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Given that the reflected secondary i p cannot supply the constant inductor current i L , the secondary rectifier diodes D 1 and D 2 both conduct for the freewheeling i L .
Mode [t3–t4] [Fig. 3(d)] : The primary current reaches zero at t 3 . Given the RB IGBT, S 4 does not provide i p the reverse current path, i p is maintained at zero state during this interval, and a circulating current state occurs for the conventional ZVS PS FB. The zero state also provides the ZCS condition for S 4 to be turned off.
The rectifier diodes D 1 and D 2 still conduct and share the load current in the secondary circuit.
Mode [t4–t5] [Fig. 3(e)] : S 4 is turned off at the zero-current condition at t 4 . After a short delay of dead time, S 3 can turn on at t 5 .
Mode [t5–t6] [Fig. 3(f)] : S 3 is turned on by the PWM command at t 5 . S 3 is turned on at the zero-current condition because of the leakage inductor L lk that limits the increase in primary current i p at the negative direction.
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The increasing primary current i p cannot supply the load current during this interval, and both secondary rectifier diodes conduct, which clamps the voltage across the transformer windings at zero.
The primary current i p reaches the reflected load current to the primary at t 6 , and the input voltage source starts to deliver power from the primary to the output such that the second half-cycle starts at t 0 .
III. DESIGN CONSIDERATIONS
- A. ZVS Range of the Leading Leg
The ZVS transition of the leading- leg is supported by the secondary side filter inductance L f and the transformer leakage inductance L lk . Thus, the ZVS range of the leading- leg is relatively wide but only limited at light loads, as illustrated below:
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- B. ZCS Range of the Lagging Leg
The ZCS transition of the lagging- leg is determined as [ t 2 , t 3 ] and [ t 3 , t 4 ], as shown in Fig. 2 , where the primary current must decrease to zero before the PWM signal is applied to the IGBT in the lagging- leg at t 23 .
Consider the following:
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where D eff is defined as the effective duty ratio shown in Fig. 2 , and T s is the switching period. Thus, Eq. (3) can be revised as follows:
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This condition indicates that t 23 is independent of the load current and is inversely proportional to D eff . With sufficient D eff that to fulfills the output voltage regulation, the ZCS transition of the lagging- leg can be achieved in the total line input and output load range, including the no -load condition.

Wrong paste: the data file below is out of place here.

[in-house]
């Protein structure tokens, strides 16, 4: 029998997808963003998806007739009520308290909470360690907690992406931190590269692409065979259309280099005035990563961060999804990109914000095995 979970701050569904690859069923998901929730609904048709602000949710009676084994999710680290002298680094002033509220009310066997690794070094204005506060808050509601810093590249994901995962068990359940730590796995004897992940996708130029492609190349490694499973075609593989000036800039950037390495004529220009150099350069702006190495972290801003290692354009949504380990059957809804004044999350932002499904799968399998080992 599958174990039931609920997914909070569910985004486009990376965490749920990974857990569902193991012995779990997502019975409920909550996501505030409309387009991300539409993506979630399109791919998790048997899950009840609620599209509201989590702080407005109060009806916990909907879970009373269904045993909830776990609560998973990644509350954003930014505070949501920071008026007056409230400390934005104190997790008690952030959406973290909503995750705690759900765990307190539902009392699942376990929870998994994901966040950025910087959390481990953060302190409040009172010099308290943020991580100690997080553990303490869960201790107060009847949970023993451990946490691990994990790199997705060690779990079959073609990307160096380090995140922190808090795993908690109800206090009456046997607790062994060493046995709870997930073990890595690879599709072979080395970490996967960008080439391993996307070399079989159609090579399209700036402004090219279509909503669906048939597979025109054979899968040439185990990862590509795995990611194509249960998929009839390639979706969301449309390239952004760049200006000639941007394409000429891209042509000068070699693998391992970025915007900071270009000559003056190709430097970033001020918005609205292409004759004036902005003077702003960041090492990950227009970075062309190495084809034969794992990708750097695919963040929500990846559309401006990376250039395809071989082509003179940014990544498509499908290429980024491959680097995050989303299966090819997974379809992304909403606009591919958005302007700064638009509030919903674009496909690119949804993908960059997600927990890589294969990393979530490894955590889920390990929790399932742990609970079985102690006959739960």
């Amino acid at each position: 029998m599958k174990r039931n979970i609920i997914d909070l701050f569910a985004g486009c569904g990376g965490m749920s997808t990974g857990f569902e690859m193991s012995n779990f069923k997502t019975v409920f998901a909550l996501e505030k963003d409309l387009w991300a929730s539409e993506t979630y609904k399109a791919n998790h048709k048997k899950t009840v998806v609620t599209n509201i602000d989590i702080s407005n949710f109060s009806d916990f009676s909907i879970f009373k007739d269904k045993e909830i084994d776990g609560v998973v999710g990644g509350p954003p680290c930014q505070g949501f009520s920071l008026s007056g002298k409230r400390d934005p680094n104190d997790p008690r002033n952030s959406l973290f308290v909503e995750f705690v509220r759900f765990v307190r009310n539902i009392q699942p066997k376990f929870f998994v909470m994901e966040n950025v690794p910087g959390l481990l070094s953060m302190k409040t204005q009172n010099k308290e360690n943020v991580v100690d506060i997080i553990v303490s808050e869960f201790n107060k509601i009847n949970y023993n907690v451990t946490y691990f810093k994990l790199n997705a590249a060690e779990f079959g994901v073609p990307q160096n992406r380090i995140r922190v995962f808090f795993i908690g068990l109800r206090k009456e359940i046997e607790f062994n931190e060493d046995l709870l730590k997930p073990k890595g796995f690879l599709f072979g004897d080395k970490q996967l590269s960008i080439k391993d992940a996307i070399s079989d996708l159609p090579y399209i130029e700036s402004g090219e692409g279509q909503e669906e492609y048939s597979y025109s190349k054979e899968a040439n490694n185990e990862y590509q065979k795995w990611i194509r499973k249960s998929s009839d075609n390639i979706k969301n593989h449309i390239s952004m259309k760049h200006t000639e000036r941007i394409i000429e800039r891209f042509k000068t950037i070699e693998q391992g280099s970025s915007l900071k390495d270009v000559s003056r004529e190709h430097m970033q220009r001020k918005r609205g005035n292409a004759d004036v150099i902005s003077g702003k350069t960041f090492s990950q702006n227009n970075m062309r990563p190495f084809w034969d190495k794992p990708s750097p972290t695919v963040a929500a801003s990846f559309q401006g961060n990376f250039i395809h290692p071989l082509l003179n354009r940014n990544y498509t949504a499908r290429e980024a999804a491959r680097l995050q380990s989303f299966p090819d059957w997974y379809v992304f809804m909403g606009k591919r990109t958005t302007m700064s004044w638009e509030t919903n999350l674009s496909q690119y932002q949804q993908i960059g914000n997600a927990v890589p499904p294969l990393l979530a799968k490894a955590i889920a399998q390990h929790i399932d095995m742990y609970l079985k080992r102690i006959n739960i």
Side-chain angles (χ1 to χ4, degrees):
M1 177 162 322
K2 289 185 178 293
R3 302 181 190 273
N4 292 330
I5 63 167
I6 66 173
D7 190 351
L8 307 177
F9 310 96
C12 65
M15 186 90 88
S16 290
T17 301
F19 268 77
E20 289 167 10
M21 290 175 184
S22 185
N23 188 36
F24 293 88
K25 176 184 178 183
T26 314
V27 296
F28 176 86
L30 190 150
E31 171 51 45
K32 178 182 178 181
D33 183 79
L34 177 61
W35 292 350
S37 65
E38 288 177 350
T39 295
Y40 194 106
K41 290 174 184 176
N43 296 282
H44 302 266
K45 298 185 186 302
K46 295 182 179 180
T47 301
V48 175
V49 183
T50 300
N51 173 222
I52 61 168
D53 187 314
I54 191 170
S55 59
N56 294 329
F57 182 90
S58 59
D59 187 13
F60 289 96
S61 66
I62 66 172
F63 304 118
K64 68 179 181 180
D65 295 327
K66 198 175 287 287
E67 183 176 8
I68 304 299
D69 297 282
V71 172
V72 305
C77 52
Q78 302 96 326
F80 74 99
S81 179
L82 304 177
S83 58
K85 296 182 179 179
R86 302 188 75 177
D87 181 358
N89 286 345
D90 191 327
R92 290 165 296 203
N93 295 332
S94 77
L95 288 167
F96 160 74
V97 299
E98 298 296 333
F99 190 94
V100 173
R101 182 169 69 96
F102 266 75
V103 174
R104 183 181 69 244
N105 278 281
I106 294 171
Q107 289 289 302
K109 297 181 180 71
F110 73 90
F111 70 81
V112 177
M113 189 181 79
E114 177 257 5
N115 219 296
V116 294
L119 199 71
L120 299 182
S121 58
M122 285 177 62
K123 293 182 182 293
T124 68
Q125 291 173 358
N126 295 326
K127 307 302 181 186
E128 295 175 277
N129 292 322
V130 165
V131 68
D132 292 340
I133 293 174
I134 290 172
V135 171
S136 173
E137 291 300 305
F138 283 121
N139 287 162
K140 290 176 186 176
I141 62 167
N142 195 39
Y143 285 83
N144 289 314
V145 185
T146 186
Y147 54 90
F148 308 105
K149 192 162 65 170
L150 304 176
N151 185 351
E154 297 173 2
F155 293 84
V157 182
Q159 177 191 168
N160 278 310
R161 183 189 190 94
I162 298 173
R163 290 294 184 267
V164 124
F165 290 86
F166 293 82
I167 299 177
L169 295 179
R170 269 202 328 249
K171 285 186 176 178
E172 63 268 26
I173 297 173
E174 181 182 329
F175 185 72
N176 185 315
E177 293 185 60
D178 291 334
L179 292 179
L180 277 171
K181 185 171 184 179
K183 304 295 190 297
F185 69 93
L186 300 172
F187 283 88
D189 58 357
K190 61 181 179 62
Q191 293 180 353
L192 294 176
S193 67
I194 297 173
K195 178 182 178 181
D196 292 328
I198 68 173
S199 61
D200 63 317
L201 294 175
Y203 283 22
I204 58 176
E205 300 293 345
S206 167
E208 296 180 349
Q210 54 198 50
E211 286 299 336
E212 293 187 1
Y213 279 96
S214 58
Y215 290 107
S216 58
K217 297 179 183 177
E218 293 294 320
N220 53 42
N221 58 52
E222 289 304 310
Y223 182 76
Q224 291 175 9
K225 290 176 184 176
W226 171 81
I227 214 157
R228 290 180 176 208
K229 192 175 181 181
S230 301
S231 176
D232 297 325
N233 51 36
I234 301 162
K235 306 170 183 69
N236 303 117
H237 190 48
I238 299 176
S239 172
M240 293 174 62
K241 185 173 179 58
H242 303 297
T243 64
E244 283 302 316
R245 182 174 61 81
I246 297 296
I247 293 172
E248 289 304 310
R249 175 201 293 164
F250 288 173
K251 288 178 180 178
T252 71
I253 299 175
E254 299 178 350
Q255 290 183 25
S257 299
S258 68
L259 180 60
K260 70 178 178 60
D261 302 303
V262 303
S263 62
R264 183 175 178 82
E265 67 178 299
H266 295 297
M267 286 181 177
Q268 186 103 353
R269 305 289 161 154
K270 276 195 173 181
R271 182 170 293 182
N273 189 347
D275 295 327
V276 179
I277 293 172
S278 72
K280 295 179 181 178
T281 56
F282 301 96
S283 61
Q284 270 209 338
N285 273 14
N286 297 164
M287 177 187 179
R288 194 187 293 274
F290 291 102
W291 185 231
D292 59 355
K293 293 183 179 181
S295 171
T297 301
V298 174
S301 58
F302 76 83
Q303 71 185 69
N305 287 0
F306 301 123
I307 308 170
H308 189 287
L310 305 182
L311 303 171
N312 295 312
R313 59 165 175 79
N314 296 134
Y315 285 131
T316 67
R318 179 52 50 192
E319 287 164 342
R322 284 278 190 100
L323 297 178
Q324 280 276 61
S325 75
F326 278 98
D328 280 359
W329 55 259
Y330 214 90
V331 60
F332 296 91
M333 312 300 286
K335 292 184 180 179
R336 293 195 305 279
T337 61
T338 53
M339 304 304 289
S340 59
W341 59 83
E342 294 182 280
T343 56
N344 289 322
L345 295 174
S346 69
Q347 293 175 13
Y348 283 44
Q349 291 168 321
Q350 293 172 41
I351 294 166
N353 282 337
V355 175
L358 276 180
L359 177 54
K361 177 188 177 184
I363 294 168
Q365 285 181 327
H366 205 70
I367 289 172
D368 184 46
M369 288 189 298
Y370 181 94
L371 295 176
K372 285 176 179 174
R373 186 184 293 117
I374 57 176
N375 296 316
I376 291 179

- C. Circulating Current Elimination
Mode [ t 3 t 4 ] and Fig. 2 show that the primary current reaches zero at t 3 and remains at zero because of the adopted RB IGBTs in the lagging leg, which do not provide i p to the reverse current path. Therefore, the circulating current does not exit and helps the efficiency improvement.
- D. IGBT Selection in the Lagging Leg
Currently, the primary manufacturers of RB IGBTs are Fuji, IXYS, Mitsubishi, and Infineon. These manufacturers all have their own design, so the RB-IGBT architecture depends on the manufacturer. The architecture of an RB-IGBT from IXYS is described in [24] . This company modified an NPT-IGBT by using isolation diffusion and folding up the lower p + layer at the chip edge, as shown in Fig. 4 . Performing the p + -n ˗ junction that blocks the reverse voltage prevents breakthrough at the chip edge. The p + -n ˗ junction continues to the isolation layer at the gate connection. These modifications enable the IGBT to block negative collector-emitter voltages as a normal p-n diode and still have the operational behavior of a normal NPT-IGBT. The maximum RB voltage for this device is 1200 V.
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Architecture of an non-punch-through(NPT) IGBT (left) and IXYS (right). RB-IGBT with an intrinsic diode (right).
Given the limited RB-IGBTs provided in the manufacturers’ product category, mass production and cost issues are also concerns for the proposed novel FB converter. The detailed architecture of an IGBT is reexamined at this point. The body-drift region junction in Fig. 5 is the junction that blocks the forward voltage when the device is off, and the junction between the p + injection and n ˗ layers is the junction that blocks the reverse voltage. Thus, the NPT-IGBT can theoretically block a reverse voltage as high as the magnitude of the forward voltage. The NPT-IGBT without a body diode is a possible low-cost solution to replace the RB-IGBT for mass production. The optimization of switching performance of the RB-IGBT is no longer a key issue that makes the RB IGBT still relatively unacceptable in real applications [23] . Common IGBT drivers are sufficient, and the prototype only uses a small driver transformer to drive the NPT-IGBT.